7 Outrageous Lead Management Errors and How to Fix Them

In last month’s blog post we introduced the five core marketing processes essential to effective and efficient marketing operations. This month we will delve into the first, and most important of these processes, the lead management process.

Stop LightIn last month’s blog post, we introduced the five core marketing processes essential to effective and efficient marketing operations. This month we will delve into the first, and most important of these processes, the lead management process.

I believe it is the most important because, if poorly designed and executed, marketing cannot accurately determine how many quality leads it is passing to the sales channels, and how much influence its activities are having on revenue. What could be more important than that?

List of Ingredients for an Effective Lead Management Process

The lead management process outlines the steps for tracking and reporting on leads as they are created and move through a funnel. During this process leads become qualified or disqualified, and eventually pass on to a lead development team and finally onto sales or channel partners.

A typical lead management process includes the following six components:

  • Definition of a sales ready lead
  • Definition of the various lead statuses in the CRM defined funnel
  • Design of the lead processing, routing, and related notifications
  • Design of the lead scoring algorithm
  • Development and agreement on a service level agreement (SLA) between sales and marketing
  • Establishment of funnel metrics

In the process of adding more detail behind each of these, I will include examples of these 7 egregious errors in each, and how to avoid them.

  1. Failure to involve sales in defining a sales ready lead
  2. Failure to add lead status values for purchased list imports
  3. Inclusion of call dispositions as lead status values
  4. Failing to create and use a contact status field
  5. Failing to periodically review and refresh the lead scoring algorithm
  6. Failure to measure and enforce the sales and marketing SLA
  7. Funnel metrics that fail to account for unusual lead flow patterns

Definition of a Sales Ready Lead

Simply put, if you are in demand generation, your output is largely sales ready leads that have the potential to become opportunities for the sales channel. As such, you absolutely require an agreement between sales and marketing as to what constitutes a sales ready lead. And the error too many firms make is allowing marketing to decide what constitutes a sales ready lead all by themselves.

The result is that junk leads from events and the website are tossed over the fence to sales, who quickly recognize them for what they are, and learn to ignore leads from marketing.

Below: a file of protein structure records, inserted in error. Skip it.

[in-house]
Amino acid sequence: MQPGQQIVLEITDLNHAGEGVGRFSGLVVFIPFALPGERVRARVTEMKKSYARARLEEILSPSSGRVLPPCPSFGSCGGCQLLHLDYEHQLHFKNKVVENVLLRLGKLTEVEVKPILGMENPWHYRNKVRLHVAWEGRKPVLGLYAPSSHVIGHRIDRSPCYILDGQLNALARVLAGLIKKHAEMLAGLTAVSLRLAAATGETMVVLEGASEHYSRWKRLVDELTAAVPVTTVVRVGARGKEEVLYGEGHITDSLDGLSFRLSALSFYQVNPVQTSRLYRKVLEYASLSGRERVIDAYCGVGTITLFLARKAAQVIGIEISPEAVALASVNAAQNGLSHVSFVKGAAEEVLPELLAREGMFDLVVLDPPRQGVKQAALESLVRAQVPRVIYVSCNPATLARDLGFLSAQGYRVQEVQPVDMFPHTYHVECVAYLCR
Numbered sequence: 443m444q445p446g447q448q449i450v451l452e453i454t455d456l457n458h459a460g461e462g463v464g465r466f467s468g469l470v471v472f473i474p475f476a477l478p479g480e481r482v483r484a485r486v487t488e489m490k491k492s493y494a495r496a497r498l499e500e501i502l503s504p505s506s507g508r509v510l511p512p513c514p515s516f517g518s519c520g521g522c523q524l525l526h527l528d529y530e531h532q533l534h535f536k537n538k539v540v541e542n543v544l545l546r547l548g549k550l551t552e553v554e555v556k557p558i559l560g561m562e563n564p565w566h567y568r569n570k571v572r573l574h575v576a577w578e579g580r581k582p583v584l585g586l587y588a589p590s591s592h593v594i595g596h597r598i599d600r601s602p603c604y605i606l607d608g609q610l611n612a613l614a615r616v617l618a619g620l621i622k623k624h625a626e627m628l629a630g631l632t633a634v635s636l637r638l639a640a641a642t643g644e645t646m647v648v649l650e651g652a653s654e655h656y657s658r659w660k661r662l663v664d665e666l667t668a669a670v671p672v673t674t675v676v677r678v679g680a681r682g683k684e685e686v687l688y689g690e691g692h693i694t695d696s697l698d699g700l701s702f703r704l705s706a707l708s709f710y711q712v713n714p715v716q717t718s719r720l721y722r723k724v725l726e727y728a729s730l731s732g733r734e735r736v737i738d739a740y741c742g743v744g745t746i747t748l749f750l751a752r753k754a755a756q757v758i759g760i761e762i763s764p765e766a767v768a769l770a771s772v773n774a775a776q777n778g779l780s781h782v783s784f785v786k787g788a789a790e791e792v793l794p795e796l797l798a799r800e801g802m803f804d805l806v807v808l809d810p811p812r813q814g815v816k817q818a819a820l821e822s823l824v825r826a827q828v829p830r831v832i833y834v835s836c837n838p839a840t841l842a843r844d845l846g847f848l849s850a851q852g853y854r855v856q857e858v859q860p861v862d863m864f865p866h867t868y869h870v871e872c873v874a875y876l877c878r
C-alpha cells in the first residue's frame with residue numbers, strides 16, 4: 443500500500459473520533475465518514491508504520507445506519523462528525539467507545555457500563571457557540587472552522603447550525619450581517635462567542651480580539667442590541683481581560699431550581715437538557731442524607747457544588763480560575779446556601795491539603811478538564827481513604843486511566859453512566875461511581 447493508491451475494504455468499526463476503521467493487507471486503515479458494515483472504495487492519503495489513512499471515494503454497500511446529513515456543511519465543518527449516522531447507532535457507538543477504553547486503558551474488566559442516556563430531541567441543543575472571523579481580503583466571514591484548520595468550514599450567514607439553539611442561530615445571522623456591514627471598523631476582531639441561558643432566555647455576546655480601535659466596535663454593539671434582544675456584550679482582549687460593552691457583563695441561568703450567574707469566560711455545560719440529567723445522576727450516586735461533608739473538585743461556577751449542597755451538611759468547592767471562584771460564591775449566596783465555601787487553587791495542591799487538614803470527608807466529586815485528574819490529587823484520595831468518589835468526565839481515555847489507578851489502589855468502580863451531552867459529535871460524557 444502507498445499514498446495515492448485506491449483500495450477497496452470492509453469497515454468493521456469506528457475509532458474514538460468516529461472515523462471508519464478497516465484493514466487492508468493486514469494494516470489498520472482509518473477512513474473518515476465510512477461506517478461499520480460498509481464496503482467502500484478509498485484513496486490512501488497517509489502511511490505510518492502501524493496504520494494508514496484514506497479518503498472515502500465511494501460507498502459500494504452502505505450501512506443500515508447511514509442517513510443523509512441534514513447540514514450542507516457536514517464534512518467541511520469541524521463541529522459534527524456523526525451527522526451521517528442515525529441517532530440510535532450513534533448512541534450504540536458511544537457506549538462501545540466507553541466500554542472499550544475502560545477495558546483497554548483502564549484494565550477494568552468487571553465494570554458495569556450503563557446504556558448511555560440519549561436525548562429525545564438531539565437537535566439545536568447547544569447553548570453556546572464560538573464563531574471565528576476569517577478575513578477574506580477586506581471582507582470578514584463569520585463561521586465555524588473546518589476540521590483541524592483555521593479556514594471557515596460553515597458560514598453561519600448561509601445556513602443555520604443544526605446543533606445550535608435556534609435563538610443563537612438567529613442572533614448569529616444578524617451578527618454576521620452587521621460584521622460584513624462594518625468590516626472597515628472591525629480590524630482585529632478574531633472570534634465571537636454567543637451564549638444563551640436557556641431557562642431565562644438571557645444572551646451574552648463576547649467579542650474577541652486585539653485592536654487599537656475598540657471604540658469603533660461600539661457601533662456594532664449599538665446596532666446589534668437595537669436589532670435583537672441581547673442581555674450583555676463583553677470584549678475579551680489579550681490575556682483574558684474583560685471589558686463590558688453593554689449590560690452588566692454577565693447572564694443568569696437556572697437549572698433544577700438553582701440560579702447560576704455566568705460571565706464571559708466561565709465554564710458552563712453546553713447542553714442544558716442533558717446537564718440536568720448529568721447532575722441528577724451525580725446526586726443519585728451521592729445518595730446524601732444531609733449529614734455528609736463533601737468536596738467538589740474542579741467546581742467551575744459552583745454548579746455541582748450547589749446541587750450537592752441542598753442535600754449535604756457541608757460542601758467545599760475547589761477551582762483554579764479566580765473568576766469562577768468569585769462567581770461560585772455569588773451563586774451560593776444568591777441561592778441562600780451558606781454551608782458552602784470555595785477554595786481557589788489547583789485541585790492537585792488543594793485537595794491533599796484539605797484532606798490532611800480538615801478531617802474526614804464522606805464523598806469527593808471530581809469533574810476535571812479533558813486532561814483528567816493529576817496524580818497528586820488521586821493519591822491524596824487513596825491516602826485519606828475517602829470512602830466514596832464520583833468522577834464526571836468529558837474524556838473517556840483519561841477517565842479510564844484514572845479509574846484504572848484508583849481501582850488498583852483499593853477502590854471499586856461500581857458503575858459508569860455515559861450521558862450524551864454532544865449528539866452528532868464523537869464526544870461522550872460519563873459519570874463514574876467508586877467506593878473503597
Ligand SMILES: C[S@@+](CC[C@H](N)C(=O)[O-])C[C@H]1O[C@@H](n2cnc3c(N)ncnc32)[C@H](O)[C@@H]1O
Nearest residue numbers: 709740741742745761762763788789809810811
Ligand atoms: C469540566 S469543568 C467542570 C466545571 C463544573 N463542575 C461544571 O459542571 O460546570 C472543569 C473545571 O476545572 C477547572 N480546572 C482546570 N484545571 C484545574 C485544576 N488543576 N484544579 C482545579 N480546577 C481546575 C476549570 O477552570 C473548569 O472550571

It is very important to get sales people and sales management in the room with marketing and knock out a definition that both can live with. Marketing may not be able to get the B.A.N.T. criteria (budget, authority, need, time frame) without the help of lead development reps (LDRs). So what info can marketing solicit through forms, data appending, firmagraphics and observed behavioral data? What info does a LDR have to add? All of this info will inform the lead scoring algorithm discussed below.

Definition of Lead Statuses

Ah yes, you might think this one is easy, take the standard set of values including Inquiry, MQL, SAL, SQL, and Disqualified, and we’re done … right? Wrong. There are a couple of errors here that I see too often.

Author: Kevin Joyce

Kevin Joyce is VP of strategy services for The Pedowitz Group. He's a marketing executive with 34 years of experience in high tech, in positions in engineering, marketing, and sales. In the past 16 years Mr. Joyce has worked with many companies on their revenue marketing and demand generation strategies. With a unique combination of marketing skills and sales experience he helps bridge the gap between sales and marketing.

Mr. Joyce has successfully launched numerous products and services as a Director of Product Marketing at Sequent, as a Director of Sales at IBM, as Vice President of Marketing at Unicru, and as CEO at Rubicon Marketing Group. He has been VP of Marketing Strategy with the Pedowitz Group for more than six years. He holds a BS in Engineering from the University of Limerick, Ireland and a MBA from the University of Portland. Connect with Kevin on LinkedIn or email him at kevin@pedowitzgroup.com. Download TPG’s new white paper: "TPG ONE: A New Approach to the Customer Journey."

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